Following increased demand from parents and a growing number of kids requiring customized education services, First Media—the producer behind preschool network BabyFirst—is working on new content that will play out on its recently launched app for kids with special needs.
The first project is a mixed-media original designed to help kids who have difficulty thinking/focusing or are on the Autism spectrum develop routines such as brushing their teeth and getting ready to school, says Sharon Rechter, president of First Media. Aimed at kids ages three to eight, the series is in early development, and will blend live-action puppets and 2D animation.
During the pandemic, First Media heard loud and clear from parents of children with special needs about the challenges involved in teaching kids these daily habits, many of which are learned at school, Rechter says.
The show, which doesn’t have a title yet, is expected to launch in the second half of 2022 on both BabyFirst and the new iCan app (pictured) for three- to eight-year-olds with learning disabilities such as autism, ADD and ADHD.
This app soft-launched in April and features videos, games, printable activities and books to help its target audience develop socio-emotional, speech, math and life skills. It was designed by educational experts from UCLA, and an ad-free subscription costs US$5.99 per month.
Since launching BabyFirst in 2006, First Media has heard repeatedly from parents of kids with learning disabilities that the channel’s content—with its slow pace and relaxed tone—is resonating with their children, says Rechter. “We realized we could build that out.”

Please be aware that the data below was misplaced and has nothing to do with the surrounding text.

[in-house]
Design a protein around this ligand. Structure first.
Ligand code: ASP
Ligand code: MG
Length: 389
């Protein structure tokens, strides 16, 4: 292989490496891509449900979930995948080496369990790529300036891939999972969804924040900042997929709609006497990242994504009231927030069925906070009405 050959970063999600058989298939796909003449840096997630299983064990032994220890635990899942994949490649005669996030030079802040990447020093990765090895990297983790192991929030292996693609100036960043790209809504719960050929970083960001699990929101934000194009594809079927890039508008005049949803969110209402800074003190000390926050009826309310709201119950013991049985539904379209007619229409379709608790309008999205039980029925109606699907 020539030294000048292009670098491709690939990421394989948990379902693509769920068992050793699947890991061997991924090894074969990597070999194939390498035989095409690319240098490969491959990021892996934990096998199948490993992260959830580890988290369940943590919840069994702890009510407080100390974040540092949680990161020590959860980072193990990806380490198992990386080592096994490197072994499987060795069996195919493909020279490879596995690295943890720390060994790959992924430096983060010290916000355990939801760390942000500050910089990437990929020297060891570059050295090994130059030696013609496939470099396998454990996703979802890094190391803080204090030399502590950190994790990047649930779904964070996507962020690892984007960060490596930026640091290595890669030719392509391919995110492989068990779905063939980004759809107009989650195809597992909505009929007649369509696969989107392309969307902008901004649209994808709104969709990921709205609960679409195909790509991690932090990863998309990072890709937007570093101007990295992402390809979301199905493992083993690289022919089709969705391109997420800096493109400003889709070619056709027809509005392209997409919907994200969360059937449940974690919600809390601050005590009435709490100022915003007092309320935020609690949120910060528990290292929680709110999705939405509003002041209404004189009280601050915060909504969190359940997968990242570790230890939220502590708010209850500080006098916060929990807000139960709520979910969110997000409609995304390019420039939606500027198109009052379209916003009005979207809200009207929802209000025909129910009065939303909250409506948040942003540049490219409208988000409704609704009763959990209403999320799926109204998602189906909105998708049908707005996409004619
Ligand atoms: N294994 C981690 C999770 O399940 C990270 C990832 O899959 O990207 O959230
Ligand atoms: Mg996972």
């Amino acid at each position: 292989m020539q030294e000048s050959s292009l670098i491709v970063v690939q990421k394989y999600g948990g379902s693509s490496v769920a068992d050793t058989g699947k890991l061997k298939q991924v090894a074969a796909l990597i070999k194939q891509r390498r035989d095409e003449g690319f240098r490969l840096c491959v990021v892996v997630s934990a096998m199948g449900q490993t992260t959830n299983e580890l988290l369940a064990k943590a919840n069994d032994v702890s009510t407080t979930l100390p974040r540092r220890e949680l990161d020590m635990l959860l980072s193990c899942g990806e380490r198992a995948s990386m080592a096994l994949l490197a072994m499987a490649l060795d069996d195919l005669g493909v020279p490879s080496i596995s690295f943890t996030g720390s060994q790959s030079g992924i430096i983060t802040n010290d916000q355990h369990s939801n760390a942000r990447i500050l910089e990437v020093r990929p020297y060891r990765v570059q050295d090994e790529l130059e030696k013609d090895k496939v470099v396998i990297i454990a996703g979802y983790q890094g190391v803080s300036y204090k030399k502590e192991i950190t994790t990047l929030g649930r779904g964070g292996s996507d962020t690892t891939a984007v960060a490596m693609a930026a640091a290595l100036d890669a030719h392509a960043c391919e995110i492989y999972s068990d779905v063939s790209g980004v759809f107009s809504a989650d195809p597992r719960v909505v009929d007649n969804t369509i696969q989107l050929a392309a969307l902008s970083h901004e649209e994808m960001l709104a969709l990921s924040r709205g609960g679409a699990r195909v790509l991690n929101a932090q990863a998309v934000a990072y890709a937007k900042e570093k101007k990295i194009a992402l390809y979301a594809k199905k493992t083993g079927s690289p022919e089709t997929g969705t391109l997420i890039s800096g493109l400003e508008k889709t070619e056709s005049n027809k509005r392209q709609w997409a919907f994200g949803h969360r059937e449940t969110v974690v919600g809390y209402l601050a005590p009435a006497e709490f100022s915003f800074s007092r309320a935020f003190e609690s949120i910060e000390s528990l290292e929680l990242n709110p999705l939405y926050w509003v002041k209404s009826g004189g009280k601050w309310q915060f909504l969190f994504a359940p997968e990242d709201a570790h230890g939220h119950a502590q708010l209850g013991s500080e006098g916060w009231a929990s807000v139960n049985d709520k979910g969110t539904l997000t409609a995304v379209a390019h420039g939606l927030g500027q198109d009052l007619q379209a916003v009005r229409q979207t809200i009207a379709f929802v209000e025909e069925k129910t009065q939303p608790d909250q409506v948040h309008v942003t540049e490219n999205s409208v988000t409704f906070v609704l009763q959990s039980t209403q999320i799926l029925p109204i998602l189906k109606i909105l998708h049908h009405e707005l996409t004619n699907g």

She points to data from the National Center for Education Statistics (NCES) showing that around 7.3 million (14%) of US students ages three to 21 received special educational services in 2019/2020. And importantly, the size of this group has increased by 1.2 million since 2009/2010.
In November, First Media plans to launch a new section on the app dedicated to feelings—a key issue for kids with special needs and their families, says Rechter. The new videos and games will cover topics related to identifying emotions and coping with them. First Media is also looking to hear from producers who are making content for kids with learning disabilities in order to build out its offering on both the app and the BabyFirst network.
“The next steps for us will be creating meaningful content that helps kids grow; giving parents tools for communicating with their children; and working with anyone in the industry doing the same,” Rechter says.